I don’t understand why the difference, other than perhaps they hold the best for their ClickList customers? Same for tomatoes, lettuce and right through the produce department. And I get to choose exactly which type of greens, onions or potatoes I want—and that goes for every item of produce in the store. I can order one potato or a 10-lb. bag. I can order one rib of celery—or an entire stalk. And I can see immediately which items are on sale as well as the store’s weekly flyer. That makes comparison shopping a breeze.
Each time I add an item to my ClickList, I have the opportunity to add a note to the deli or butcher shop; the bakery or dairy manager, such as “Please slice the cheese very thin” or “Could you make sure the turkey is sliced to about 1/8th inch?” or “If you have no Honey Crisp apples, my next choice would be Gala.”
Out of curiosity, I stopped into the store once to see how this works. Management was so kind and let me observe the store personnel filling ClickList orders. Each staffer pulling ClickList orders holds a computerized list and a cart with multiple bins. It’s awesome how these people scoot through the aisles filling those orders precisely and with such care, with the customer’s pick-up time in mind.
ClickList accepts coupons of all sorts—digital, cut from a magazine or newspaper, coupons I print on my home computer printer, too.
Once I have my shopping complete, I click on “checkout.” Next, I pick the exact time (a one-hour window) and date I want to pick up my order. I can either pay online (ClickList accepts only credit or debit cards) or opt to pay at pickup. There is a $4.95 pick up flat fee added (after the first five free pickups).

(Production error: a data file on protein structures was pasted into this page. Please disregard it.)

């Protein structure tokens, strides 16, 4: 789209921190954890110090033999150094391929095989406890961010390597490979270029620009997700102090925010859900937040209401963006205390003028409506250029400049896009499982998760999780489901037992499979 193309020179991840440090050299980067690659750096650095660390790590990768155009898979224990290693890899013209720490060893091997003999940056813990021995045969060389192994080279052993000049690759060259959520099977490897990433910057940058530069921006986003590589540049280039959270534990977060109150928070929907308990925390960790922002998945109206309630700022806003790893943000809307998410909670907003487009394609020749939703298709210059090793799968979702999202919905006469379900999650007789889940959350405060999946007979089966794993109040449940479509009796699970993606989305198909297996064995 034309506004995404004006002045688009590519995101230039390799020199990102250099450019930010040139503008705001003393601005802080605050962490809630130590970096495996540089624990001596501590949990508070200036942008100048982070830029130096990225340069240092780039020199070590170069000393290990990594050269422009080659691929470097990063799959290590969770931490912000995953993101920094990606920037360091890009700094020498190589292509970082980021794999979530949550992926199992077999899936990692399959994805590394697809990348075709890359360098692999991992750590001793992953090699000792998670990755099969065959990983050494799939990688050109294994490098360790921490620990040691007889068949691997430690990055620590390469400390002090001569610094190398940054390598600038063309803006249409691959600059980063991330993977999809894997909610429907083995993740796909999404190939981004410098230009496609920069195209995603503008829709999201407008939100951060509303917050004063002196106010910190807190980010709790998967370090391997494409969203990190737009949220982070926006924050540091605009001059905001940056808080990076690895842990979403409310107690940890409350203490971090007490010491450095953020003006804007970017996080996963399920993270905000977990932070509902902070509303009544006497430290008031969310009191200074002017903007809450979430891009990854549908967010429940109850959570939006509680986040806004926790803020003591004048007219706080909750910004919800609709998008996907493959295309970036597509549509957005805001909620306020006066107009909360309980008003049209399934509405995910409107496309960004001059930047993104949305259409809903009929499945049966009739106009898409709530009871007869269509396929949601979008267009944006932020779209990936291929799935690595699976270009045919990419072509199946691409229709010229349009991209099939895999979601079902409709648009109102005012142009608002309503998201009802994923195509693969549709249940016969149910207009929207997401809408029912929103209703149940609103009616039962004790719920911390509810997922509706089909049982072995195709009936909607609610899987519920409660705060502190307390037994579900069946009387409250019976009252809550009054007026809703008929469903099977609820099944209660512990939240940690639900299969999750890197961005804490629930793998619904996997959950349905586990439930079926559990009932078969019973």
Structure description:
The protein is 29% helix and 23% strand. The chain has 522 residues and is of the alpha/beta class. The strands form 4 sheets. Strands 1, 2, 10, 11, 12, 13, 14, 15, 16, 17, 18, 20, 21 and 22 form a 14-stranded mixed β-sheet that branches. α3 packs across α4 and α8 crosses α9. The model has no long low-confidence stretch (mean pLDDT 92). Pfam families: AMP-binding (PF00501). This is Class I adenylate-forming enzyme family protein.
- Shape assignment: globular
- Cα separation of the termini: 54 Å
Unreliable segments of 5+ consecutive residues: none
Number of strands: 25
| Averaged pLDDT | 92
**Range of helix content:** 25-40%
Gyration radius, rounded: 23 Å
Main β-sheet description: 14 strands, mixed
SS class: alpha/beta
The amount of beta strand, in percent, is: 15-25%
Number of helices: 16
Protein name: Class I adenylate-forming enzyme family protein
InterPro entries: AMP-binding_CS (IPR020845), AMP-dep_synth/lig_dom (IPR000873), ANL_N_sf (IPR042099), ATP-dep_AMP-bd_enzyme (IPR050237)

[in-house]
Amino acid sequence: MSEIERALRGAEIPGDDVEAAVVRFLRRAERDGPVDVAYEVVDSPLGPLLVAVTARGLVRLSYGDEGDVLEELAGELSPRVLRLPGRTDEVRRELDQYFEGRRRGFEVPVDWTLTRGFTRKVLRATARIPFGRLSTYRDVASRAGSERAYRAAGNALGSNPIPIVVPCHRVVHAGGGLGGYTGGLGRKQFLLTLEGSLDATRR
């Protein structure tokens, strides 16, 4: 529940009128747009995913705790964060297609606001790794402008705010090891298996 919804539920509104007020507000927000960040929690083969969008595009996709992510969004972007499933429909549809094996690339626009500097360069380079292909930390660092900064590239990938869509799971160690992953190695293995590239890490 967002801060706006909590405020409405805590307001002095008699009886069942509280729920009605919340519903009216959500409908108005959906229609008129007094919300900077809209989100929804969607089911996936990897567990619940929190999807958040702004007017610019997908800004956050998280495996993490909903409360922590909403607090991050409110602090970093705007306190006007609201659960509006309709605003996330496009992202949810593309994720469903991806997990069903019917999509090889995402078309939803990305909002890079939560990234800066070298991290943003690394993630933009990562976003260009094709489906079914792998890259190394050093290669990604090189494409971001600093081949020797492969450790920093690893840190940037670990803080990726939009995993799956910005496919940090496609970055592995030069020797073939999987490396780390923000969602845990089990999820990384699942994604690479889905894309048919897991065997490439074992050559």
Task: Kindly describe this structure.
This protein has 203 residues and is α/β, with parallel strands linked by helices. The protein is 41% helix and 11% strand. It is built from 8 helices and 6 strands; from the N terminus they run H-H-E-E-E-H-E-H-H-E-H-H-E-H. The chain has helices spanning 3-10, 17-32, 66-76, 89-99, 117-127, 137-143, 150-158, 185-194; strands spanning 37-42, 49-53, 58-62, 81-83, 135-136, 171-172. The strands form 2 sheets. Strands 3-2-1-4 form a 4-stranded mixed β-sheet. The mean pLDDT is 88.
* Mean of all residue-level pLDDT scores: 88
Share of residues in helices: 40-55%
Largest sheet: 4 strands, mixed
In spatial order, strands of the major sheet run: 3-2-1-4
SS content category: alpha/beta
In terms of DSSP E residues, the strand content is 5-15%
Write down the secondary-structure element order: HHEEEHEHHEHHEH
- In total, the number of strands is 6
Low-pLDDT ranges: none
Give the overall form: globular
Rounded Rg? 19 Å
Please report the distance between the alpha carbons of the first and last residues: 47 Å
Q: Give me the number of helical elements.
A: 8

Pickup is so easy. I just pull into a designated parking place, call the phone number on the sign in front of me to announce my arrival. It can be a typically sunny day or the middle of a blizzard; I can be alone or with my grandsons in tow. Within minutes an employee is at my driver’s window with my list and receipt—asking again if I might have coupons.
If I do, he or she quickly adjust my total. Then I open the hatch and they load in the groceries. All of the frozen items are frozen hard and packed together; cold things are super cold and bagged together, and so on. Such care and attention to detail. Only once have I discovered an error: The block of cheese I ordered was dutifully sliced. But I needed a block and the store made the adjustment at their cost with no questions asked accompanied by multiple apologies.
I have not shopped in person at KingSoopers since my first ClickList order and this has saved me so much time and money. That’s because I was born with an overactive impulsive gene. Even with a written list in my hand and cash in my wallet, I’m a disaster just waiting to happen when turned loose in a fancy supermarket with a grocery cart. $4.95 is nothing compared to the runup and overspending that can be wrought by my impulsive shopper. ClickList delivers exactly what’s on my list—nothing more, nothing less.
My time is valuable. I enjoy being able to ClickList at random times and over an extended period of time. Rather than creating a separate grocery list, I use my ClickList account to just keep a running list going. I hit “save” and it’s always there and ready for me when I come back. And I can change my mind a dozen times (and I do).
Good news: Walmart is giving Kroger a run for its money in the area of online/pickup grocery shopping. The store nearest me has rolled out this option and I intend to check it out soon. In the meantime, you may want to find a Walmart location near you using this Walmart groceries online with free same-day pickup store locator. Walmart does not charge a pickup fee but has a minimum order requirement of $30. And Walmart is taking this service one step farther, offering home delivery for a fee starting at $9.95 with a $30 minimum grocery tab.